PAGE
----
Constitutions can entrench not only individual rights, but also prohibitions; for example, prohibition of “intoxicating liquors” (Amendment XVIII, repealed by Amendment XXI).  Moreover, the U.S. required prohibition of polygamy by Utah, and by other western territories, as a condition of admission to Statehood.


Let’s turn from constitutionalism to democracy.  There are two principles to modern democracy: (a) political equality and (b) majority rule.  Until recently, political equality was almost everywhere contested.  Jon Elster offers an hypothesis why the principle, “one person, one vote,” has come to prevail:

“There has never been a lack of groups claiming a privileged status.  The rich, landed property owners, the old, the educated, the intelligent, the nobility, members of the Aryan race or of other ethnic groups, believers of some given religion, and the male half of society have all claimed to be inherently superior to their complements. […] In the presence of many different groups who compete on the basis of their innate quality, only quantity can emerge as a peaceful focal-point solution.”—Jon Elster, “Majority Rule and Individual Rights,” in Stephen Shute, ed., On Human Rights (Basic Books, 1994) 175-216, at pp. 177-78.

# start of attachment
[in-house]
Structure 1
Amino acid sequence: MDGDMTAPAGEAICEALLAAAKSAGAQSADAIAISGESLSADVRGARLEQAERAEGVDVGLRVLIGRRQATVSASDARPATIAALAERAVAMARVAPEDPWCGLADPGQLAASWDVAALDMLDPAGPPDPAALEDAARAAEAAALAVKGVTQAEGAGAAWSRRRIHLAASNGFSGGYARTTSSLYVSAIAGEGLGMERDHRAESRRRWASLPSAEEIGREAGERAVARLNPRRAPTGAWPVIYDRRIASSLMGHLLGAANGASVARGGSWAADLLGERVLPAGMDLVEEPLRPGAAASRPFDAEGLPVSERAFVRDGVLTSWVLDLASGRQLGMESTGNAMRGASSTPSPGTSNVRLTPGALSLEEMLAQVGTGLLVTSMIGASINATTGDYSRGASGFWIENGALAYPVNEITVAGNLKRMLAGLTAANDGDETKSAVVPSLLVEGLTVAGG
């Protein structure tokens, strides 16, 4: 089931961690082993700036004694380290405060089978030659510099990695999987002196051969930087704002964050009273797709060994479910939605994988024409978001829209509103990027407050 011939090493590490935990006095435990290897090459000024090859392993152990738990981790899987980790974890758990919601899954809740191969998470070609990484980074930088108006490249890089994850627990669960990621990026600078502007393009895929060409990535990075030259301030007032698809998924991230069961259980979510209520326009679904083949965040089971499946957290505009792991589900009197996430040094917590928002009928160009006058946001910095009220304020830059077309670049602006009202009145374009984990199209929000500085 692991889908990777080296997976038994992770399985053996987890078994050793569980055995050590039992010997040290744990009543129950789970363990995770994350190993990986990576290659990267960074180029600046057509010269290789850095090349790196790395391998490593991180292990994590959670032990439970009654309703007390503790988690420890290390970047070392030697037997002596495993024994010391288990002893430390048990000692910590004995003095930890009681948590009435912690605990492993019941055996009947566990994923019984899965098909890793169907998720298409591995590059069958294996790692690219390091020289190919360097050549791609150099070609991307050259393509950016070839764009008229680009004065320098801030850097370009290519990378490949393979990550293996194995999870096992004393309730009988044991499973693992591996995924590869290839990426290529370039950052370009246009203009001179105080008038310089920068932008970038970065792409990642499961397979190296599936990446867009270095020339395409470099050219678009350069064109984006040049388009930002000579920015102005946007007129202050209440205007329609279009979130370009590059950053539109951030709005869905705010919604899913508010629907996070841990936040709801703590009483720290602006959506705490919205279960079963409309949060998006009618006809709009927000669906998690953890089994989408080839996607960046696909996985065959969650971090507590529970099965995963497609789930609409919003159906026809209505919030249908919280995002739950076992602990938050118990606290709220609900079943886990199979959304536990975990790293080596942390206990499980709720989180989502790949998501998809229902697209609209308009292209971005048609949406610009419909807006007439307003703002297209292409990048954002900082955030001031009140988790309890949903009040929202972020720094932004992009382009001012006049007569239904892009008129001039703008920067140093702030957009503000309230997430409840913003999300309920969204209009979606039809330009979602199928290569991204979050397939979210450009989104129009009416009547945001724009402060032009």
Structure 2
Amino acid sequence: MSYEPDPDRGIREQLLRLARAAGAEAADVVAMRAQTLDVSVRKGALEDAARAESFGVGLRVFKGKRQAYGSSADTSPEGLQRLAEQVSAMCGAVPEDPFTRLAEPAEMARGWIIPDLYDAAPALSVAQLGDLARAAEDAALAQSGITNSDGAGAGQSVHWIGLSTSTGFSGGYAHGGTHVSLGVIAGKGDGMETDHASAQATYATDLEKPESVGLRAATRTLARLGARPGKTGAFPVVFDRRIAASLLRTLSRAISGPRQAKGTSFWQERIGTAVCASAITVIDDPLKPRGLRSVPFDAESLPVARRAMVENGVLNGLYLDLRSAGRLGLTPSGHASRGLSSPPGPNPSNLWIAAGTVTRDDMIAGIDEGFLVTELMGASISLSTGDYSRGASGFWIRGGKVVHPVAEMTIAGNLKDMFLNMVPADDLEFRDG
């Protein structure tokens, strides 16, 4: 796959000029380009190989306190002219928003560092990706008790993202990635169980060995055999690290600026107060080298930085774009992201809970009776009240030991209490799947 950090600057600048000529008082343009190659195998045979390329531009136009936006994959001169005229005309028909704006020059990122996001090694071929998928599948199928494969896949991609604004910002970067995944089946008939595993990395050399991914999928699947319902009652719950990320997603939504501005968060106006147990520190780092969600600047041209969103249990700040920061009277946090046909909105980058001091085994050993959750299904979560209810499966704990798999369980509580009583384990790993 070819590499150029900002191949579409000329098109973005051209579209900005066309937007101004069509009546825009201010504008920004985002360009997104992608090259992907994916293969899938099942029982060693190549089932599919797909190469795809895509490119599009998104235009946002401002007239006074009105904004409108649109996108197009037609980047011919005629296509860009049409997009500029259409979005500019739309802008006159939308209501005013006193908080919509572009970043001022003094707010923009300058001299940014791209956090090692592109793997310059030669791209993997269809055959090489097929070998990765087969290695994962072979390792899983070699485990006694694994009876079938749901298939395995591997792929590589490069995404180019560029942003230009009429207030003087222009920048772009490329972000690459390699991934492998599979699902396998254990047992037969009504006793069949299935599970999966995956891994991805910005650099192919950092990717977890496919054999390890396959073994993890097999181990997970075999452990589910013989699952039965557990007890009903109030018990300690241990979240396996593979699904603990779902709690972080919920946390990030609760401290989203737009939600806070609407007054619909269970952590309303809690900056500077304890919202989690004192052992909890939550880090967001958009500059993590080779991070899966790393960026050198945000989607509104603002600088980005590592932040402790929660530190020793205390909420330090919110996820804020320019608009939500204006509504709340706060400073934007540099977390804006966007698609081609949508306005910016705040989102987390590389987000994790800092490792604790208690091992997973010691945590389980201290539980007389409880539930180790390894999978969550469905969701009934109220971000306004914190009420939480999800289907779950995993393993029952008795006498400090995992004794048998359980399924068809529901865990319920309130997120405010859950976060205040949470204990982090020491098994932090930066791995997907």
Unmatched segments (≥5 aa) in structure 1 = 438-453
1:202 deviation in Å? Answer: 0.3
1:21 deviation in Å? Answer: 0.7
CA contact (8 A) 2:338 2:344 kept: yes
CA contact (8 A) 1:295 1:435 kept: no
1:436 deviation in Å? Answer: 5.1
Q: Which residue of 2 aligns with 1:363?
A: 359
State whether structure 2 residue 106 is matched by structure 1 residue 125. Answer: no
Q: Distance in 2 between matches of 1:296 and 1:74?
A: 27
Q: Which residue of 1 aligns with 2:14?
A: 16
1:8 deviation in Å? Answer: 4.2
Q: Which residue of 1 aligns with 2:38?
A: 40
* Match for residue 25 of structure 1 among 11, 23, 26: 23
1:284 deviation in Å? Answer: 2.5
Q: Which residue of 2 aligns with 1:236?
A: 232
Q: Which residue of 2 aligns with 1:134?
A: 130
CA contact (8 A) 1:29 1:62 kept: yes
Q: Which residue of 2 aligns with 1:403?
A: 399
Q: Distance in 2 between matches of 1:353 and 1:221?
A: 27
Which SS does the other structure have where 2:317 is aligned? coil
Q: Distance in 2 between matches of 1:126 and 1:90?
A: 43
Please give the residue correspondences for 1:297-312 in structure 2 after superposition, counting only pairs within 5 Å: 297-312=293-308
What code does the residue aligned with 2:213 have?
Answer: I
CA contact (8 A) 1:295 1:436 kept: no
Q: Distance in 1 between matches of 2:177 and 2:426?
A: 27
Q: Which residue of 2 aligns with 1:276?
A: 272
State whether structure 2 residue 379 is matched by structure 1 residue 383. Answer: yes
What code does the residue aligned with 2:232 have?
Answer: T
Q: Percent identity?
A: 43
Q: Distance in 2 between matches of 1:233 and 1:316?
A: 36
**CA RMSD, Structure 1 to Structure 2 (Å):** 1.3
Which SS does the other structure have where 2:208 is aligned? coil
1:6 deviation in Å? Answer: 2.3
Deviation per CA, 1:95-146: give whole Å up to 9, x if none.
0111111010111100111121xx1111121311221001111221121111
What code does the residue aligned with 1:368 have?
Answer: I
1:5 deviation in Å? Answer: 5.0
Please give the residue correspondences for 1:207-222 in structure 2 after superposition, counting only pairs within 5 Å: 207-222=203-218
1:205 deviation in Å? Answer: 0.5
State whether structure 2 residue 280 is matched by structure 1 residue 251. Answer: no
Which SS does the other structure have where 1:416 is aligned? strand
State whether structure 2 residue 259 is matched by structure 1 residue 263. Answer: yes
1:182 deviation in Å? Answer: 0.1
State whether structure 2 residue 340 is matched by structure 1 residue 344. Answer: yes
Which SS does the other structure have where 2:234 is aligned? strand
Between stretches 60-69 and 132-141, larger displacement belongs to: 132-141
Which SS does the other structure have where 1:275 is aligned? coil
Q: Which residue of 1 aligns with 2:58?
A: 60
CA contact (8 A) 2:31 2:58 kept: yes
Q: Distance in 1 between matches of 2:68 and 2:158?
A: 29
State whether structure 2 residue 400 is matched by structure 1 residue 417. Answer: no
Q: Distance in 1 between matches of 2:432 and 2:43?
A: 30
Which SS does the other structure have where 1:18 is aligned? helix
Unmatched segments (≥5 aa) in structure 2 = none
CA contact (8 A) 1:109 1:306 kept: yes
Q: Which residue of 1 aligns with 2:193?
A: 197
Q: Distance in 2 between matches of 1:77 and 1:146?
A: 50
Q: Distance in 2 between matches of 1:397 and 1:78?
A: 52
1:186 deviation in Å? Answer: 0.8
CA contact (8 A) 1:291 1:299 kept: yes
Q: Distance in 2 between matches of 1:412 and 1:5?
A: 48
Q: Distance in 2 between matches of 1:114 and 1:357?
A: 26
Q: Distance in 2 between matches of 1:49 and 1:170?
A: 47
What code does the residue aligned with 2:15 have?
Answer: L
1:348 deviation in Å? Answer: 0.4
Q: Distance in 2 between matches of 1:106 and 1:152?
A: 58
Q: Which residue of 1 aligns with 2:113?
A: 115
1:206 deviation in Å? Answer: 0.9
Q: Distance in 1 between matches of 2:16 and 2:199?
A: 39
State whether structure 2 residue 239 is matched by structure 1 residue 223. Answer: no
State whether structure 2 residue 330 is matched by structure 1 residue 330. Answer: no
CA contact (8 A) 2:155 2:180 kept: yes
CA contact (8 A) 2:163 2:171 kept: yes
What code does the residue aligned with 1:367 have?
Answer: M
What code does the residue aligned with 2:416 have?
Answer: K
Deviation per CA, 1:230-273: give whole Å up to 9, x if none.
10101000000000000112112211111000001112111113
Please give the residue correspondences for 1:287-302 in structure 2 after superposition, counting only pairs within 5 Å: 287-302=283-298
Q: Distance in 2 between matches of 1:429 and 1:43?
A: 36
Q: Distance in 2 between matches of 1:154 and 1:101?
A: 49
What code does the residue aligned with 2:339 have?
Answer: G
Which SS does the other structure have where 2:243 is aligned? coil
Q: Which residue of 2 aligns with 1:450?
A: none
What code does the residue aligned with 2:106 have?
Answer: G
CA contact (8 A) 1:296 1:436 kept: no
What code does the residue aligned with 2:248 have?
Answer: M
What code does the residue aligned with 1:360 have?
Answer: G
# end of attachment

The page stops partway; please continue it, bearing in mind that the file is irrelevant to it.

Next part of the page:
At the dawn of modern democracy (1789), Jeremy Bentham identified an intrinsic incentive problem:

“The greater number of voters the less the weight and the value of each vote, the less its price in the eyes of the voter, and the less of an incentive he has in assuring that it conforms to the true end and even in casting it at all.”—Jeremy Bentham, “Considérations d’un Anglois sur la composition des États-Généraux y compris réponses aux questions proposées aux notables” [1789], cited after Jon Elster, Explaining Social Behavior, 2nd edition (Cambridge U. Press, 2015), p. 409.


Now, Jason Brennan raises questions about political equality: “Democracy is the official religion of the West. Now is as good a time as any to question the faith.”  Brennan sketches the quality of voter behavior in large electorates, given this incentive problem:


“As an analogy, suppose a jury were deciding a capital murder case. But suppose instead of carefully considering the evidence, the jury found the defendant guilty out of caprice or malice. Suppose a third of jurors paid no attention to the evidence, and just decided, by coin flip, to call the defendant guilty. Suppose another third decided to find the defendant guilty because they dislike his skin color. Suppose the final third paid attention to the evidence, but found the defendant guilty not because the evidence suggested he was, but because they subscribed to a bizarre conspiracy theory.